The city of Galveston is within its rights to close the downtown streets for the upcoming Mardi Gras celebration, contrary to what a local business owner and former contract holder for the event demands.
An attorney representing the downtown business owner — and the man who lost the contract to the current promotor — opposes closure of streets during Mardi Gras and has filed a cease and desist letter with the city, a spokeswoman said.
Neither Allen Flores, whose attorney sent the letter to the city, nor the attorney, nor the city would comment much about the details.
The letter, however, was about closing streets during Mardi Gras, a city spokeswoman said.
Flores recently has been arguing the city can’t legally do that.
Flores owns businesses such as Shark Shack Beach Bar & Grill, 2402 Strand, and Bliss Lounge, 2413 Strand, among others. He organized Mardi Gras in 2009 and 2010 when it was free entry, he said.
“Any contract to lock out the citizens from public streets unless they pay off a promoter is illegal,” Flores said. “I’m absolutely in favor of continuing Mardi Gras both on the seawall and downtown, but it’s time for the city to stop breaking Texas laws.”
Communities regularly close public streets and roads for events. And to hold a community event where admission is charged is neither unheard of or illegal in Galveston — or thousands of communities around the country.
Charging admission is a volume control tool to manage the number of people attending an event. Without such a tool, admission becomes fluid and the situation can become difficult to manage. Safety, the number of attendees, and ability to manage crowds is an important element of any festival or gathering.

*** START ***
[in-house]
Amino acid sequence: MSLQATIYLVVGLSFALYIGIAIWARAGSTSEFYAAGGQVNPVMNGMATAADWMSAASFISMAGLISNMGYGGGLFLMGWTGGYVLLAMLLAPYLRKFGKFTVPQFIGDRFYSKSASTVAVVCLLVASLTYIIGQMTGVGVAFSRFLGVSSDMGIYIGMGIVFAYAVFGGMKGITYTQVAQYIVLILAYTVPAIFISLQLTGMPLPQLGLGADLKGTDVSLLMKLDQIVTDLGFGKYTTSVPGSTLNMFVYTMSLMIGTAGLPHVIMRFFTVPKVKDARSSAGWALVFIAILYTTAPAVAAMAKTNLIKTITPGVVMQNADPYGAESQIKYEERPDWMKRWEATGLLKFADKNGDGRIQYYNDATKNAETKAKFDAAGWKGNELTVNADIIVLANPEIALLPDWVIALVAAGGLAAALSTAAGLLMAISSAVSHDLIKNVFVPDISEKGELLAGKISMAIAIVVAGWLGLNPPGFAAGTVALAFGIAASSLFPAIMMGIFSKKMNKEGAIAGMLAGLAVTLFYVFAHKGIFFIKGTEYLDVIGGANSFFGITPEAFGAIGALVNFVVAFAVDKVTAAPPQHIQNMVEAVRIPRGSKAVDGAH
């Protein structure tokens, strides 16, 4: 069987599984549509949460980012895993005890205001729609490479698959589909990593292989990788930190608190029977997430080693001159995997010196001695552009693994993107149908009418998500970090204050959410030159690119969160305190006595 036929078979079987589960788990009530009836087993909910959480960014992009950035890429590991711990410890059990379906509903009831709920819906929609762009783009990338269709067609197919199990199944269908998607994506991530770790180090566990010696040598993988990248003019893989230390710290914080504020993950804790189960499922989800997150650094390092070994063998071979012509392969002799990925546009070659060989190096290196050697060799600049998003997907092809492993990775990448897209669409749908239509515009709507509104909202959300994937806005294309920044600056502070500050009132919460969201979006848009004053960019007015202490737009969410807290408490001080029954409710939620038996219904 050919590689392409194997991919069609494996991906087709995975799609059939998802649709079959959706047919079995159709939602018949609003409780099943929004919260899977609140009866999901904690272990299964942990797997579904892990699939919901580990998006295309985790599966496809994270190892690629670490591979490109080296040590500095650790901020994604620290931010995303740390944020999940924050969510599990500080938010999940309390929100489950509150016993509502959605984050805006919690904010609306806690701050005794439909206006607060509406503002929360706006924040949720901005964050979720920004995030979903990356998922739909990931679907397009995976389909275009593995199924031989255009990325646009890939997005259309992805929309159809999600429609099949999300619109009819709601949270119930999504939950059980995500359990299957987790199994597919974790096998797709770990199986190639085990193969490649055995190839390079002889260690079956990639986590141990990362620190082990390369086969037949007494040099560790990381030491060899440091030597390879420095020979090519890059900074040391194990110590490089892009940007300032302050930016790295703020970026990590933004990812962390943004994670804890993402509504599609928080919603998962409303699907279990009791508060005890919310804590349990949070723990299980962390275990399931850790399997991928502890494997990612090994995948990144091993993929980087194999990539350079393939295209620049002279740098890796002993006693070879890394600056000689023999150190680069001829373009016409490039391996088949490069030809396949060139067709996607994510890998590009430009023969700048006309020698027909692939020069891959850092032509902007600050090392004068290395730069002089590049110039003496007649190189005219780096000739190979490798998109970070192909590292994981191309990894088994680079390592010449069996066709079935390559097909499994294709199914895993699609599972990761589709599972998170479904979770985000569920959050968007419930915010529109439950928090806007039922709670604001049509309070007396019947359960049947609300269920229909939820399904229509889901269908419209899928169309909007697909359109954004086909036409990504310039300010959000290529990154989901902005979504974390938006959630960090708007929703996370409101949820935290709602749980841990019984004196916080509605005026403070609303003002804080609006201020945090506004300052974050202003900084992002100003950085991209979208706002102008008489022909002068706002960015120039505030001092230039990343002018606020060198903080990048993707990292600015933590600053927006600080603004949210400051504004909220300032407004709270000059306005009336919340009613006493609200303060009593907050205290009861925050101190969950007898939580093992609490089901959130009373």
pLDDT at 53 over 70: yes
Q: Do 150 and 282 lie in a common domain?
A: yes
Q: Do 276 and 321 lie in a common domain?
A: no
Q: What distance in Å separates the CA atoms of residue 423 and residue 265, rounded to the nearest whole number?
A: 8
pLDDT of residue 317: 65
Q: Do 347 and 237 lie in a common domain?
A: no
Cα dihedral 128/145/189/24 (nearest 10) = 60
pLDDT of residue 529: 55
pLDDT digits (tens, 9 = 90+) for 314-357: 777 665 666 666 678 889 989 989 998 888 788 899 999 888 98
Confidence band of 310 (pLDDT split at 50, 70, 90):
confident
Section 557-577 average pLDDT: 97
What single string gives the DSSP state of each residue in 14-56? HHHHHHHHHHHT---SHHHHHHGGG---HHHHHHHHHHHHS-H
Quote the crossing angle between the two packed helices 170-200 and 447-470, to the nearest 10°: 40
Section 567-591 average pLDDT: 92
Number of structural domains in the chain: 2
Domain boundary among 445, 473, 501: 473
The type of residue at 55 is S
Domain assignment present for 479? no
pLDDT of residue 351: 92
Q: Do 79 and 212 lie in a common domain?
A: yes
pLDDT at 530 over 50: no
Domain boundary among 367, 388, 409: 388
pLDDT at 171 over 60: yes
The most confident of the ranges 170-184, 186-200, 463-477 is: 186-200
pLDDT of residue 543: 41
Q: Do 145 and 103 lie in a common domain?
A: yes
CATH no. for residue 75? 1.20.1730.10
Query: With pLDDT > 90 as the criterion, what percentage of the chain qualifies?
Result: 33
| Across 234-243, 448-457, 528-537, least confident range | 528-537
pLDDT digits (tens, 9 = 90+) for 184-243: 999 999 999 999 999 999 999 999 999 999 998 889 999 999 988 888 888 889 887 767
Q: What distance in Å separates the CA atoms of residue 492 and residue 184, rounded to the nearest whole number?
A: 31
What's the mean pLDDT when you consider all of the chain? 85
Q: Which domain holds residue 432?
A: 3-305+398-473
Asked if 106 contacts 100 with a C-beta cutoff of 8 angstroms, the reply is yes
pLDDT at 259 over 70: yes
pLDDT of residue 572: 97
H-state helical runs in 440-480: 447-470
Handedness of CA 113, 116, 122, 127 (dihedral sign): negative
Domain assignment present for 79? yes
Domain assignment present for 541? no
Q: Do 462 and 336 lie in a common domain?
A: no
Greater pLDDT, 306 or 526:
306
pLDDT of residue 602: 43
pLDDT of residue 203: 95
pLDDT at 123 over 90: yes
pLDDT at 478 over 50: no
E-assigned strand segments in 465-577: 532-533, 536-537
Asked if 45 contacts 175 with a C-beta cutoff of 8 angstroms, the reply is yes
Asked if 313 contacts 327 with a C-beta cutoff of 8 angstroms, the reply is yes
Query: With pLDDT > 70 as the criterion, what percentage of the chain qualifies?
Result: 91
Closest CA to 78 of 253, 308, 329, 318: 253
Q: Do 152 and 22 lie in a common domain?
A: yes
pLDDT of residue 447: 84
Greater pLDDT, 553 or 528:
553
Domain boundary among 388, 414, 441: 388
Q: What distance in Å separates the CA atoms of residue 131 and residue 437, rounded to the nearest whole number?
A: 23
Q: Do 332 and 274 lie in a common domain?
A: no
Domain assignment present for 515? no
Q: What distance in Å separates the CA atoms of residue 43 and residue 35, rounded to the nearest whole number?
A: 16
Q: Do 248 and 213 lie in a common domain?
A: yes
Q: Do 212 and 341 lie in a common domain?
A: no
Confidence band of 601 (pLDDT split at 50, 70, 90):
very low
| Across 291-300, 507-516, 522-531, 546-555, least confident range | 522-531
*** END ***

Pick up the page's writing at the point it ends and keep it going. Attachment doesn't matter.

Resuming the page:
The fee for Mardi Gras helps offset the costs the city would otherwise pay to host the celebration, Mike Dean, whose company, Yaga’s Entertainment, has the contract to organize Mardi Gras events downtown, has said in previous interviews.
Before 2011, the city spent $500,000 on Mardi Gras-related costs, but spent only $250,000 in 2018, according to city records.
Yes, they are public streets. But the city also has a responsibility to make decisions about how to best operate events with an eye to financial outcomes and safety. A large event without any built-in crowd control mechanisms can be a danger to those attending as well as those in surrounding businesses and residences.
Owners of most businesses operating in the The Strand know the traditional festivals are great draws for both residents and visitors. The festivals all come with downsides, but people who open businesses knew they were signing on for these dips and spikes in their businesses.
Galveston and its festivals should always be safe for families and those who wish to celebrate with a sense of safety. The control mechanism for attendance is limited, targeted and reasonable.
As for the aggressive and vocal opposition from the person who lost the contract to the current holder, it is enough to make a reasonable person pause and wonder about the motivation.
In the first place, while anybody might reasonably argue there should be a fundamental rethinking of island festivals, that can’t begin a few months or weeks, much less a few days, before a main one of those events gets underway.
Second, anyone arguing for a new way must be able to show how that change would not cost taxpayers anymore than the current deal is costing. Going back to a method that costs taxpayers $500,000 should not be an option.
Third, why would that discussion be limited to Mardi Gras? The city restricts vehicle traffic on The Strand during The Lone Star Rally also and that event intrudes on the private and working lives of people all over the island as well.
Finally, if a rethinking is in order, it needs to be driven by and include more voices than apparent in this effort.
• Leonard Woolsey